Also included here - as a separate file - is the entire List of Articles of the JSBRAS and the JMBRAS, from the earliest to the latest issue - a useful tool for quick reference, particularly for those seeking out relevant articles in chronological order.

Please click on the respective titles above to download.




Khoo Kay Kim (1937-2019)

  Emeritus Professor Tan Sri Dr Khoo Kay Kim - historian and former President of the Society - passed away on Tuesday, 28 May 2019 at 82. An authoritative figure on Malaysian history, Prof Khoo has served on the Council since 1974, elected in 1981 as its Vice President in which capacity he then served for 11 years before being elected as President in 1992, a post he held for two terms until 1995. Prof Khoo then served again as Vice President between 1995 and 1999 before leaving the Council permanently. Following the illness and subsequent death of Tan Sri Mubin Sheppard, Prof Khoo served as JMBRAS editor between 1994 and 1998, when Dr Cheah Boon Kheng took over. Prof Khoo's demise represents a significant loss to the Society and to Malaysian history in general. The Council notes his passing with the greatest sorrow and prays for the repose of his soul.


   Latest Journal Issue

JMBRAS December 2018


Members would have received their copies of the December 2018 issue by now. We would like to apologize humbly to everyone for the unfortunate delay which resulted in the late despatch of the December issue. Apart from the scholarly articles, a number of other captivating items of a lighter nature will promise to delight readers of the December 2018 issue.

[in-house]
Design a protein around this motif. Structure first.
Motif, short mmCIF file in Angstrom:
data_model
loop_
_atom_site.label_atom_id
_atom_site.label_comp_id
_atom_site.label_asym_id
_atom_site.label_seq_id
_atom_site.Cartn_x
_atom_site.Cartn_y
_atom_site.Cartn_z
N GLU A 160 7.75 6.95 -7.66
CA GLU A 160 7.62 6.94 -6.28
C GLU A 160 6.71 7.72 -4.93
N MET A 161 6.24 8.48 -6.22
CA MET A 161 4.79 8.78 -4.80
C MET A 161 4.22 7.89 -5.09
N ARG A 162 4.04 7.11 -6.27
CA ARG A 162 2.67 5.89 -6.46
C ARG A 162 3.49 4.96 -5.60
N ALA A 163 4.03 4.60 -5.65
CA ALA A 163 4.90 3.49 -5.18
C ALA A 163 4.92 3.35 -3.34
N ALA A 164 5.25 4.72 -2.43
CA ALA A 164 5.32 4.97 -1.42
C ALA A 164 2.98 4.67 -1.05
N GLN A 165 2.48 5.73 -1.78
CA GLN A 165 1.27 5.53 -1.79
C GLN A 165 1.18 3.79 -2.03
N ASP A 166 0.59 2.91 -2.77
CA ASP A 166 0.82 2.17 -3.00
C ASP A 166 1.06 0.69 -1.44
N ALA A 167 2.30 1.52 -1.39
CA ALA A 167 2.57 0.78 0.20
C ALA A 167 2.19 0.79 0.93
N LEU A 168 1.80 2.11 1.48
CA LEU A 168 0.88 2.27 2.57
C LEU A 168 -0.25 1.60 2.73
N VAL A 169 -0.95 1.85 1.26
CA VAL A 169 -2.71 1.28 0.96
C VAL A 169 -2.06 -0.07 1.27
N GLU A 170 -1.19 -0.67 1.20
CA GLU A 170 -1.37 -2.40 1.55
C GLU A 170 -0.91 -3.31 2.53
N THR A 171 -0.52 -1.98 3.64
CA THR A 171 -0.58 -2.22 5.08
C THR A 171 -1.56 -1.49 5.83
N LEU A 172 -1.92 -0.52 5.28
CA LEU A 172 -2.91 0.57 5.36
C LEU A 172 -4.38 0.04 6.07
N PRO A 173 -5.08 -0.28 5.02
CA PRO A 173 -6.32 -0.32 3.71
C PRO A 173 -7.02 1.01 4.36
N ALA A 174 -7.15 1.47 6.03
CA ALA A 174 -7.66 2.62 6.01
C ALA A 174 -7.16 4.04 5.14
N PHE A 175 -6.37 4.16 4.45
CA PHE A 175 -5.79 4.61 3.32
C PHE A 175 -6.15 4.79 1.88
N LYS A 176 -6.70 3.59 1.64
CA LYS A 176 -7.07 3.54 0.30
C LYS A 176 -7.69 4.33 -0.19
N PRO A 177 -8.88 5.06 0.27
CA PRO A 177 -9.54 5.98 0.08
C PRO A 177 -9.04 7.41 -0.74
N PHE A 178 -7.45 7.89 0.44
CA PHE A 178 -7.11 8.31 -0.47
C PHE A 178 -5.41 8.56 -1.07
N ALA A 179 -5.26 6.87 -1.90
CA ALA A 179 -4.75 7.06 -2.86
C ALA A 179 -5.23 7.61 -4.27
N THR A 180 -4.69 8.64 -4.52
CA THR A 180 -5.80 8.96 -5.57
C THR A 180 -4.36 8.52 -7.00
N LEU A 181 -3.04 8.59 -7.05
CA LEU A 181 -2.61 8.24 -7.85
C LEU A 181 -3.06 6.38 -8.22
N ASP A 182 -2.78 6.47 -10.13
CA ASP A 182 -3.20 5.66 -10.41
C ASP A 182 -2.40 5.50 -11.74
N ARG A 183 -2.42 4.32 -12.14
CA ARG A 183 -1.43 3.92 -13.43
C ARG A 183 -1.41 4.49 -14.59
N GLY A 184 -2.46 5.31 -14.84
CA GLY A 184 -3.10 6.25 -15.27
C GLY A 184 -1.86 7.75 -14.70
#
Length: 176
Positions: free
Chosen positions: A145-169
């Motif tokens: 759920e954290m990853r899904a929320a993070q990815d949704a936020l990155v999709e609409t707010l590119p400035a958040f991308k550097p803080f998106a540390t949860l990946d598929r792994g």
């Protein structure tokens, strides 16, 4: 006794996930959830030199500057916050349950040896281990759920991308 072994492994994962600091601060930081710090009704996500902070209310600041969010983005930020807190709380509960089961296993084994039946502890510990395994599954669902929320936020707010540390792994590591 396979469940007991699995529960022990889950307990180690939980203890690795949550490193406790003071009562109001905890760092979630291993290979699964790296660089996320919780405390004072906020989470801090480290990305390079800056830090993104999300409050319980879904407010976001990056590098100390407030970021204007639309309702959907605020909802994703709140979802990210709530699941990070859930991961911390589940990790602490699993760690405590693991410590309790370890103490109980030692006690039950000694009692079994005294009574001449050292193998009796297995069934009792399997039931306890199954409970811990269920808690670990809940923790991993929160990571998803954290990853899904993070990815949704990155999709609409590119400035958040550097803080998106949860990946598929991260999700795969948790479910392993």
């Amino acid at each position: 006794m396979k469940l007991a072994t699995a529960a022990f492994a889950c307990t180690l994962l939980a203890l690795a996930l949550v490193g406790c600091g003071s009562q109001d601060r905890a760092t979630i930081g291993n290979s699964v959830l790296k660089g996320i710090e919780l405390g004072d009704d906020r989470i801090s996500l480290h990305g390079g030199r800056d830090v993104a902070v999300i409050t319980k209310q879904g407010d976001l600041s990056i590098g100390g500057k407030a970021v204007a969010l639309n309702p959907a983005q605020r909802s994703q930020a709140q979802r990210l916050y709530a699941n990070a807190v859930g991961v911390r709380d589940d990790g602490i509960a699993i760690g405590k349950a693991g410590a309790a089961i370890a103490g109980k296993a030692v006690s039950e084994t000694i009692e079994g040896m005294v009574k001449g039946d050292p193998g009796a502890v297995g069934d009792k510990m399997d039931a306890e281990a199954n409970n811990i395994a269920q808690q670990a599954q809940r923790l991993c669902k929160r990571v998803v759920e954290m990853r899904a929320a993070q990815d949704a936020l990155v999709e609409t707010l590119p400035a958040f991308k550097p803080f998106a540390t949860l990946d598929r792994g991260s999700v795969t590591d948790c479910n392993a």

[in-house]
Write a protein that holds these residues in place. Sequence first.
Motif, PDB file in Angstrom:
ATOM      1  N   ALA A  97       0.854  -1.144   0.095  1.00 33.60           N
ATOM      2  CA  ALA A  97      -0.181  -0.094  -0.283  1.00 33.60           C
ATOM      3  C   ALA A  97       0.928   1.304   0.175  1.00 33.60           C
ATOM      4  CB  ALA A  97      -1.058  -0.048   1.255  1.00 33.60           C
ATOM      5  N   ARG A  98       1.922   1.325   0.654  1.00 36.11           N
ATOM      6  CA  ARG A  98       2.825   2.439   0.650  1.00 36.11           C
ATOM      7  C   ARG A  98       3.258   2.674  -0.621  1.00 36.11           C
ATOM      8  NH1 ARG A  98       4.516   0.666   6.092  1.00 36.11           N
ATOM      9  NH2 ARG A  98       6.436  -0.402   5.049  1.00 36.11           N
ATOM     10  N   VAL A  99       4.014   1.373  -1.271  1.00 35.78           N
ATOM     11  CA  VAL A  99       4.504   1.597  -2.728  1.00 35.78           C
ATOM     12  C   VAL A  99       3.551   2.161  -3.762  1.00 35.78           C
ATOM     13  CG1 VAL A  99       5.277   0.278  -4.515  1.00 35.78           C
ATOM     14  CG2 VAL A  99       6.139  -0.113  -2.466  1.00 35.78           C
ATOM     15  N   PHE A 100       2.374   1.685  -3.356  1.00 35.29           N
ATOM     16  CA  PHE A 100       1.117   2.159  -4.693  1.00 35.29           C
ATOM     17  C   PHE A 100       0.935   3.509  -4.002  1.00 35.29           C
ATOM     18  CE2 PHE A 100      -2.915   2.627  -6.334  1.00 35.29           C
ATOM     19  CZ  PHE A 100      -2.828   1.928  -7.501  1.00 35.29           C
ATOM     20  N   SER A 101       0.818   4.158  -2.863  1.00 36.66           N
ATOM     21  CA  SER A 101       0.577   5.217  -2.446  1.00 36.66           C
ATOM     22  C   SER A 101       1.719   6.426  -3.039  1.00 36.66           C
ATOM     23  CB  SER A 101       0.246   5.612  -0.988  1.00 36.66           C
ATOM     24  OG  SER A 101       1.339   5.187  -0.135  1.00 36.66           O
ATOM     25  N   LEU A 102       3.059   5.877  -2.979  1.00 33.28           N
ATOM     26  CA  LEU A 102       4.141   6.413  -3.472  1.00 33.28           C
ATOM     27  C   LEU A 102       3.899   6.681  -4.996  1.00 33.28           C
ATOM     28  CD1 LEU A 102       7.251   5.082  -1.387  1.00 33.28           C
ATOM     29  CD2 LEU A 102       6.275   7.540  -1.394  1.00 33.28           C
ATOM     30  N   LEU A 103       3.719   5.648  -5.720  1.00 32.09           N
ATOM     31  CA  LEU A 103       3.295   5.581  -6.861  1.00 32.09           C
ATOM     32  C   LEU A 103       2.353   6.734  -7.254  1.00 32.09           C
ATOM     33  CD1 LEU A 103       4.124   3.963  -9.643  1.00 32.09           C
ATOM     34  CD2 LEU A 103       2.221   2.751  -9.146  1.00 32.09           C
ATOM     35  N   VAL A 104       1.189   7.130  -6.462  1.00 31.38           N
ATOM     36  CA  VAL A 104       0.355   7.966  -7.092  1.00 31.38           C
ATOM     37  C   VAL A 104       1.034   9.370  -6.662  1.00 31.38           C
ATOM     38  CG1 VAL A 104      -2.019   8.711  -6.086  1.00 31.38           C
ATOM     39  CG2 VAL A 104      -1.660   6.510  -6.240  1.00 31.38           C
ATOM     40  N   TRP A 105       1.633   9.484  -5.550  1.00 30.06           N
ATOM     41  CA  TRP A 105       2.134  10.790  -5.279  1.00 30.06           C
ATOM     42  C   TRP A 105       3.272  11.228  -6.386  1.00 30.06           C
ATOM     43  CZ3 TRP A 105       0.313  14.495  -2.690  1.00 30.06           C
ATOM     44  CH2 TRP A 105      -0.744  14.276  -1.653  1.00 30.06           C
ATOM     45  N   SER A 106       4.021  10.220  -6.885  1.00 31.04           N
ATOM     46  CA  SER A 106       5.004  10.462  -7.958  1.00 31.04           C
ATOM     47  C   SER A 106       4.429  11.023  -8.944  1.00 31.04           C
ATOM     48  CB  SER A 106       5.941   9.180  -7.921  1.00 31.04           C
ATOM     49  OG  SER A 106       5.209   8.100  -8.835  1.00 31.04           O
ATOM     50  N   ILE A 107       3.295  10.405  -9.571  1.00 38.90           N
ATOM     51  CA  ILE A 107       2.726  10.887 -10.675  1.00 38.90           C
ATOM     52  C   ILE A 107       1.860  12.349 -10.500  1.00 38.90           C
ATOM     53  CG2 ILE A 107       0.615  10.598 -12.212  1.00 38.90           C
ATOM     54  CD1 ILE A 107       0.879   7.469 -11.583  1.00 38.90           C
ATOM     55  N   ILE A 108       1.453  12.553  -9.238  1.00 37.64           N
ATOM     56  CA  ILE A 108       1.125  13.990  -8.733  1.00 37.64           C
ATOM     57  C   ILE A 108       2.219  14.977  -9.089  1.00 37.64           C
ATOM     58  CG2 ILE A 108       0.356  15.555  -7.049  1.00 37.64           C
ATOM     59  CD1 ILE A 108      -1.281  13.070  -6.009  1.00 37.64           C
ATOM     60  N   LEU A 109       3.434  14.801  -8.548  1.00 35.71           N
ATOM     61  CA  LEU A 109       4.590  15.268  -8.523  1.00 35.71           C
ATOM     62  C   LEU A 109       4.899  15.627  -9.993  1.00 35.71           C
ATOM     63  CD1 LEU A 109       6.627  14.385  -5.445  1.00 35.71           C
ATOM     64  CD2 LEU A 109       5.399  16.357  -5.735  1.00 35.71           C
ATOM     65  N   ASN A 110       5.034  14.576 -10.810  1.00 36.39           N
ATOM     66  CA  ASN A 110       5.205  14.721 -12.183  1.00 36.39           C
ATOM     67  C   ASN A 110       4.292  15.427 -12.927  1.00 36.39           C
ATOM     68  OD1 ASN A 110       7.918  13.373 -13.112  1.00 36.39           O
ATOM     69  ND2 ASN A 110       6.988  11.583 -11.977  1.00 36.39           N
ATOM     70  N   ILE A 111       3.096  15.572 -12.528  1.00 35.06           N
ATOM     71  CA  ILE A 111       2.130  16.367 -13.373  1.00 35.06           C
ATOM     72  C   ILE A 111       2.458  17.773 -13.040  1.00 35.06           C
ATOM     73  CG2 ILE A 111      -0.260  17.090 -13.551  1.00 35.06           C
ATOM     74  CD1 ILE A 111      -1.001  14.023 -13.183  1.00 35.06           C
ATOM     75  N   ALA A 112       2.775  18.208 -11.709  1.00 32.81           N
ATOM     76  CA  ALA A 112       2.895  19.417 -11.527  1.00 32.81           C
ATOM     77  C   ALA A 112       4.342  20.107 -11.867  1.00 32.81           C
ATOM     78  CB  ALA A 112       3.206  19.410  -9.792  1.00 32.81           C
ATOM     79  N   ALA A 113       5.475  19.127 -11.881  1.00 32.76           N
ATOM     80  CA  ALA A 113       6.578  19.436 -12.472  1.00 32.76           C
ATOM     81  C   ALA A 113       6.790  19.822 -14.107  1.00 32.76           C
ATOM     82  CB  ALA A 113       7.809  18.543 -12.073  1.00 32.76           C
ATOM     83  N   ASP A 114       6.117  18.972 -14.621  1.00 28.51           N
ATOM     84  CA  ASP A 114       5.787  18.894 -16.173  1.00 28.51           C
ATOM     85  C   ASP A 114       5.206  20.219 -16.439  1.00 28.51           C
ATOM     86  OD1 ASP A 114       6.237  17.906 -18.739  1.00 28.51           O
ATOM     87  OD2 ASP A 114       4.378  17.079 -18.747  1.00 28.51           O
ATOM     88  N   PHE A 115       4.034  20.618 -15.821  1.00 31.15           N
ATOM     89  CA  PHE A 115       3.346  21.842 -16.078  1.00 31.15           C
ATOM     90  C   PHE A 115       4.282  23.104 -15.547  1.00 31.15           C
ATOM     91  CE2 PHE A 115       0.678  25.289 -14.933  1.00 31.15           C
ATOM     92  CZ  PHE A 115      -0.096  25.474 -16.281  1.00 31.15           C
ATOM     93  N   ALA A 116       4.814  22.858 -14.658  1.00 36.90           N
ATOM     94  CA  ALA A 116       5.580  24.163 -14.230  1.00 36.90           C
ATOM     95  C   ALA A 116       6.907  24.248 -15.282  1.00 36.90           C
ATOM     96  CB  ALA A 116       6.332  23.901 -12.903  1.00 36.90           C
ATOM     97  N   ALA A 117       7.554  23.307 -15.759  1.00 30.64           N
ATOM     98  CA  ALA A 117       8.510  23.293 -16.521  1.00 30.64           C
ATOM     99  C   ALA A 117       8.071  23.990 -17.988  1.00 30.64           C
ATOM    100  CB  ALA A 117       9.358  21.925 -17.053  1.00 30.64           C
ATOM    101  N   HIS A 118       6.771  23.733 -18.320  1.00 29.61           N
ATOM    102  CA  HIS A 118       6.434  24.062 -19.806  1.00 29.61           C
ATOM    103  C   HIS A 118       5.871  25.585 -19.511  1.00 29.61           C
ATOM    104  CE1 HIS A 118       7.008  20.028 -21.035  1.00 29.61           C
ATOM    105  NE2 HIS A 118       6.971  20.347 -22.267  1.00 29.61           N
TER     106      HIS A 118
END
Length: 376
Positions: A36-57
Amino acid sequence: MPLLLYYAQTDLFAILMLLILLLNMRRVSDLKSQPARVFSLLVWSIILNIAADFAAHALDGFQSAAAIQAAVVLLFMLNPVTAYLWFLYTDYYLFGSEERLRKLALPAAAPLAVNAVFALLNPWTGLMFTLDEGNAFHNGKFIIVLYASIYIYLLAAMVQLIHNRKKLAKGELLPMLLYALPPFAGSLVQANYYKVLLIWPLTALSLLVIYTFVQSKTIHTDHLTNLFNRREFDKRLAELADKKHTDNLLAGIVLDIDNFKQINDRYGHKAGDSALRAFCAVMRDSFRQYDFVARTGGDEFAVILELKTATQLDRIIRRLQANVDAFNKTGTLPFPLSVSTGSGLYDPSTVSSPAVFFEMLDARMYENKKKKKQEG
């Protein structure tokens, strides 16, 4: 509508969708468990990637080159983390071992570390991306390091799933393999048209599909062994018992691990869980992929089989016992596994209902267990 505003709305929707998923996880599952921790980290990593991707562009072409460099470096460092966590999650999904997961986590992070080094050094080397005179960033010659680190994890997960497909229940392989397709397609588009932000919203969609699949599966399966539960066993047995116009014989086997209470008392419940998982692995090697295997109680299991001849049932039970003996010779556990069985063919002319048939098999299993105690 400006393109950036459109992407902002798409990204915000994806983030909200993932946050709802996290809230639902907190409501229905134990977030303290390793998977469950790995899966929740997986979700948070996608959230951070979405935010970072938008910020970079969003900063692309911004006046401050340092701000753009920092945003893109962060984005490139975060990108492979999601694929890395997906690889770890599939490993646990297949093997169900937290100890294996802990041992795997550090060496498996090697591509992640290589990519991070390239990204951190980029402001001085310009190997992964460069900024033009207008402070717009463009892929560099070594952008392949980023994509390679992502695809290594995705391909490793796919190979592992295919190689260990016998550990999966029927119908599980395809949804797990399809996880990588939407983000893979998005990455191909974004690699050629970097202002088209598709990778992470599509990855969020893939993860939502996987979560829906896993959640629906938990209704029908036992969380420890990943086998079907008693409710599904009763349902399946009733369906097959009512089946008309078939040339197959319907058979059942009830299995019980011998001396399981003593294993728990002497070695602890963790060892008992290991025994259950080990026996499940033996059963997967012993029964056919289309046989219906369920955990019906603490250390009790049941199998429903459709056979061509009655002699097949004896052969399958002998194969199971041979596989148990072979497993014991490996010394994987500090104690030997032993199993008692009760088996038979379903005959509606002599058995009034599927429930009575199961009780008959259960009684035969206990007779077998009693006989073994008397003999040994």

Hsiao-Mei Goh and Mokhtar Saidin in their article highlight aspects of prehistoric human activity at Gua Kajang in the Lenggong Valley of Perak, one of the country's earliest archaelogical sites discovered as early as 1917 and, since 2012, has been listed as a UNESCO World Heritage Site. The article presents a comprehensive survey of excavation work undertaken so far, and then goes on to deal with the human burials that represents a distinctive feature of the site.

Razan Rosman and Sarena Abdullah reexamine issues of Malay identity(takrif Melayu) which once so preoccupied the pre-war Malay community by focusing on the social commentaries of Wak Ketok, a charming caricature of the man on the Clapham omnibus who flourished for about two years in a pre-war Malay periodical. The article inadvertently reveals how issues of socioeconomic inequalities and racial purity were being mobilized in British Malaya at a time when parallel concerns were being vented by the Nazi Party of Germany, and gives an idea of the ideological ferment that was to erupt in post-war Malayan politics leading up to Independence.

Continuing on the trajectory of Malay-Muslim identity, Ahmad Fauzi Abdul Hamid's essay analyzes the way in which the Islamic sharia has come to assume a more dominant role in the lives of Malaysian Muslims. Ahmad Fauzi begins by giving a valuable exposition of the institutionalization of Islam in Malaysia over the decades, providing examples from various political administrations and their interaction with Islam. He then goes on to discuss the impact this institutionalization has on the country's Malay-Muslim segment and then goes further to describe briefly contemporary developments in the Malay-Muslim religious landscape.

Lim Tin Seng turns to the environmental history of Singapore in his article which looks at efforts in making the city-state greener, specifically focusing on open spaces and roadside trees from colonial period to the present. His valuable essay summarizes the history of Singaporean parks and looks at the influence of the 'Garden City' movement on the urban landscape of the city state.